05/23/2017 02:23 EDT | Updated 05/23/2017 02:23 EDT

We Can Close The Class Divide In Health Care With Universal Pharmacare

As I cross Canada, the state of Canadian health care comes up again and again. I wasn't surprised to hear stories about the lack of family doctors, long wait times and growing gaps in rural areas. These are manifestations of the refusal of the federal government to pay their fair share. But what has stayed with me are the stories of people who are falling on the wrong side of the growing Canadian class and health divide. They are people without the benefit of private plans to cover the cost of their medicine or the financial means to address serious dental issues. For this reason New Democrats need to fight for an inclusive vision of 21st century health care.


There are many steps needed to modernize public health but let's start with pharmacare. It has been part of the unfinished business of Canadian Medicare since the days of Tommy Douglas. The need for a pharmacare system was identified in the 1964 Hall Commission and repeated in the 2002 Romanow Report. Numerous studies before and since have been clear: pharmacare won't just make Canadians healthier, it will ensure Canadians aren't getting ripped off by big pharmaceutical companies.

Canada has the second-highest drug costs in the world after the United States, and drugs represent the fastest growing category of health expenditure. The Trudeau government's trade deal with Europe will only add to the problem. For example, in New Zealand, a year's supply of name-brand cholesterol drug costs you $15 out of pocket. Here in Canada, a year's worth is $811 for the exact same product. Tragically, this means that people who are just scraping by will take less medicine than they need, sometimes with disastrous results.

And it's not the rich in Canada who are getting dinged with these costs. Those making $100,000 a year and more tend to have private pharmacare plans while the new working class, which includes many young professionals working endless contact jobs, are on the hook for any medicines required. This class divide is leading to a growing inequity in Canadian health. We can do better. We are a nation that looks out for one another.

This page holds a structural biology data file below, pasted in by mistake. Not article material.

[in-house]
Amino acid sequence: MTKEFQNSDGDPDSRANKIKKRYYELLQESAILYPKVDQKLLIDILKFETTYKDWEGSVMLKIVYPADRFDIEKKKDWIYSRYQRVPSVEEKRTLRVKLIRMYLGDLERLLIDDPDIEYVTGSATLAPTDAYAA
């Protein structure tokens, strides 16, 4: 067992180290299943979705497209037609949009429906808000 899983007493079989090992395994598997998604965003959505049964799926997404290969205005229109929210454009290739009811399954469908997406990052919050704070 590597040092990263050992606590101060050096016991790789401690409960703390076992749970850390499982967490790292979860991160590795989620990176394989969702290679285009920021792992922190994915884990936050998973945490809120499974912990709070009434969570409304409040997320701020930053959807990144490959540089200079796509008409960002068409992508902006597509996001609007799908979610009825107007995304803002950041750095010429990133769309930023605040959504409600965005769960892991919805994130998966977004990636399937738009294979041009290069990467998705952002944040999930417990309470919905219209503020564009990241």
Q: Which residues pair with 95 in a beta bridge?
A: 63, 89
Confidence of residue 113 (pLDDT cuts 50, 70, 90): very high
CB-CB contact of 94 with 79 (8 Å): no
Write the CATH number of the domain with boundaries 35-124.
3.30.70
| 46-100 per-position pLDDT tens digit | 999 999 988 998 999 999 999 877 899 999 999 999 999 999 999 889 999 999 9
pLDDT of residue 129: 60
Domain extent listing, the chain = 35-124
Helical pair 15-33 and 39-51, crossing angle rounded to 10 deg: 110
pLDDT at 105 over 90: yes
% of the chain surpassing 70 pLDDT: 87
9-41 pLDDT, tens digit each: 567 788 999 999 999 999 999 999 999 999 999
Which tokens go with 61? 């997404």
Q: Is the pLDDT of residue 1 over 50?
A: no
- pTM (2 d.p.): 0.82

Pharmacare is a health issue, a class issue and an issue of fairness. I will work with the provinces and territories to create a flexible, portable plan, based on four pillars: universal access to approved drugs, a fair distribution of the costs, a safe and appropriate prescription process that puts patients' needs first, and a commitment for getting maximum value for money. The road map for moving forward was laid out in the recent Pharmacare 2020 report.

The report highlights the importance of a pre-determined annual budget to control costs, with the federal government contributing 25 per cent. There would be the need for stakeholder input (provinces, doctors, patients, etc.) to create a national formulary (i.e. the list of covered medicines) based on health, scientific and cost assessments. There would also be the ability to maintain private insurance for medicines not listed in the national formulary. My colleague Don Davies has done excellent work on this file.

Having studied this report, my team concurs with a 2015 estimate placing initial cost to the federal government at just under $1 billion. The savings to the private sector by having universal drug coverage could be over $10 billion. A small change in the tax code could be used to recover the public investment.


There has been a great deal of positive discussion in the public about how to think about health more broadly in Canada. There are excellent initiatives to improve diet, exercise and ending smoking. But what isn't being talked about the health pressures on the growing numbers of the new working class. When I talk with people burdened down with student debt and unable to find secure employment and savings, the stress effect on their health is obvious. This is why the discussion of pharmacare and a subsequent commitment to dental care are so important. Lack of access to medicines and proper dental care are adding to the health burden on an already stressed generation.

Mr. Trudeau was extremely successful in running his last campaign based on vague but aspirational messages. People trusted that he would follow through. But without concrete commitments to make change real, aspirational talk evaporates in the cold light once the election is over. On issues of health care and economy, Canadians are now being stuck with the same old politics. The NDP leadership race provides our party with a chance to show the concrete steps we will take to make a real difference in the lives of Canadians. A credible plan for national pharmacare must be part of the commitment to show Canadians we really do have their back.


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